Work is called “work” for a reason. When we arrive each day, we have various stresses to deal with, ranging from malfunctioning equipment, to angry customers, to a grumpy co-worker (or a controlling boss).
Now, there’s no possible way to eliminate every source of stress from a work environment. If it’s not one thing, it’s another. But if you’re the type of person who works much better independently, and you have trouble acting on someone else’s orders, finding a job where you can be your own boss may not be a bad idea.
According to the most recent data from the Bureau of Labor Statistics, more than 14 million workers in the United States are self-employed. Many of them are freelancers, consultants, or contractors, meaning they perform work on a job-to-job basis for large businesses or for smaller clients. Other self-employed workers run their own small operations selling products or services to consumers.
Of course, entrepreneurs generally face a higher risk than most freelancers or contractors. By investing large sums of money into an operation, or incurring large business expenses, they often put everything on the line. All self-employment situations, however, come with associated risks, even if that risk is stability related.
In spite of this uncertainty, you can still be financially stable. By compiling data from the BLS, we’ve created a list for you of 10 jobs that’ll allow you to be your own boss with little to no upfront investment. The No. 10 job earns a median wage of over $83,000.
1. Administrative work
Typical pay: The hourly pay for self-employed assistants (including virtual) ranges between minimum wage and upward of $30, depending on the client and the job’s requirements.
Upfront costs: Upfront costs associated with this type of position usually consist of a computer, internet and telephone service, and basic office supplies.
Requirements: Education requirements vary depending on the client. Generally, assistants will need at least a high school diploma or its equivalent. Experience as a secretary or an administrative assistant is a plus. Those looking to complete freelance work in this field should have excellent data entry skills, as well as communication, writing, and organization skills. Some clients will prefer a contractor or freelancer who can accurately type a certain amount of words per minute.
2. Interior design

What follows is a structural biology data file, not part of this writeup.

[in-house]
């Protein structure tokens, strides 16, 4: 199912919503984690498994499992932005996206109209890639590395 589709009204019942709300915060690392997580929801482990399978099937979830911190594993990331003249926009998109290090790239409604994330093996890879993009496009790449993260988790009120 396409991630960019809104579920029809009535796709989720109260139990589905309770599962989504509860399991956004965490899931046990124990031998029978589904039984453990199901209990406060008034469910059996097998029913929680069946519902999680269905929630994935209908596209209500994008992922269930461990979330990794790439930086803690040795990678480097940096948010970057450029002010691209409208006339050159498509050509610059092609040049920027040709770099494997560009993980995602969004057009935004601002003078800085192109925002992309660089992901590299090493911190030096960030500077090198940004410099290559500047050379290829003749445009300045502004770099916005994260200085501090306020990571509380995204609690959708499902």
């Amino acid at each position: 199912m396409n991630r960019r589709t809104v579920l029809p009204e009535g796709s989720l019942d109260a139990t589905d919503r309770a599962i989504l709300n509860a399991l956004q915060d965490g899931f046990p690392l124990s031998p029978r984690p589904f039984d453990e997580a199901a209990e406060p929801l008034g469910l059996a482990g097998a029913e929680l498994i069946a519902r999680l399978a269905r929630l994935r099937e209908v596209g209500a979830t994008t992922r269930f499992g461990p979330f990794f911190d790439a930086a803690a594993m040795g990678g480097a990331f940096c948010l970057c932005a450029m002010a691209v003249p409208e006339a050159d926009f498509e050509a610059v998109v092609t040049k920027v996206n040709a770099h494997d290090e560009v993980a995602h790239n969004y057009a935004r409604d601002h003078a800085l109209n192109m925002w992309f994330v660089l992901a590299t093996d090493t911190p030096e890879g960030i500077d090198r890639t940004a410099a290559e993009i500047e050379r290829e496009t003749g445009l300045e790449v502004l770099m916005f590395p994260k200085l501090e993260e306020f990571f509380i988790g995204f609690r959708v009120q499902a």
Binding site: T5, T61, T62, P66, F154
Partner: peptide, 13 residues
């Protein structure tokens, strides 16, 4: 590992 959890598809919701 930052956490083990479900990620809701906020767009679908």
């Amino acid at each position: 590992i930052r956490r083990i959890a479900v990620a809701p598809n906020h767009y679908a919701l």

Typical pay: Interior designers earn an average annual salary of $41,779, according to PayScale. Self-employed interior designers may be paid on a per job basis, and their wages can be higher or lower than their employed counterparts. This is solely dependent on their skill level and reputation.
Upfront costs: The cost of advertising along with business and basic office supplies (like computer software and design equipment) should be considered. Additional education and training costs may also be incurred.
Requirements: Qualifications and requirements vary by location and by client. According to the BLS, interior designers generally hold at least a bachelor’s degree, and they may have to be licensed. “In states where laws restrict the use of the title ‘interior designer,’ only those who pass their state-approved exam, most commonly the National Council for Interior Design Qualification exam, may call themselves registered interior designers,” the BLS states. To sit for the exam, you generally need at least a bachelor’s degree and two years of related work experience.
3. Event promotion
Typical pay: Pay for self-employed event promoters ranges anywhere from $100 to $1,500 per night, depending on one’s reputation and the size of the event, according to Night Adventures. This can end up equating to around $20,000 to $30,000 annually for entry-level promoters, and up to $200,000 for those with adequate experience.
Upfront costs: Depending on your contract and the nature of the industry, your expenses will vary. Your costs may be related to booking the venue, advertising, purchasing equipment, and paying the talent, among others.
Requirements: There are no formal education requirements associated with event promotion. Generally, those who have the right combination of skills and work experience end up being a good fit for this type of work. Communication and people skills coupled with sales and advertising experience is often seen as a good mix.
Typical pay: Employed caterers are paid a median hourly wage of $11. According to PayScale, “Pay ranges from $8.60 per hour on the low end to $20.00 on the high end.” Self-employed caterers may demand higher pay, but they also have some associated costs to go along with their request.
Upfront costs: Self-employed caterers generally face advertising costs, the cost of menus and supplies (including equipment and groceries), and travel expenses.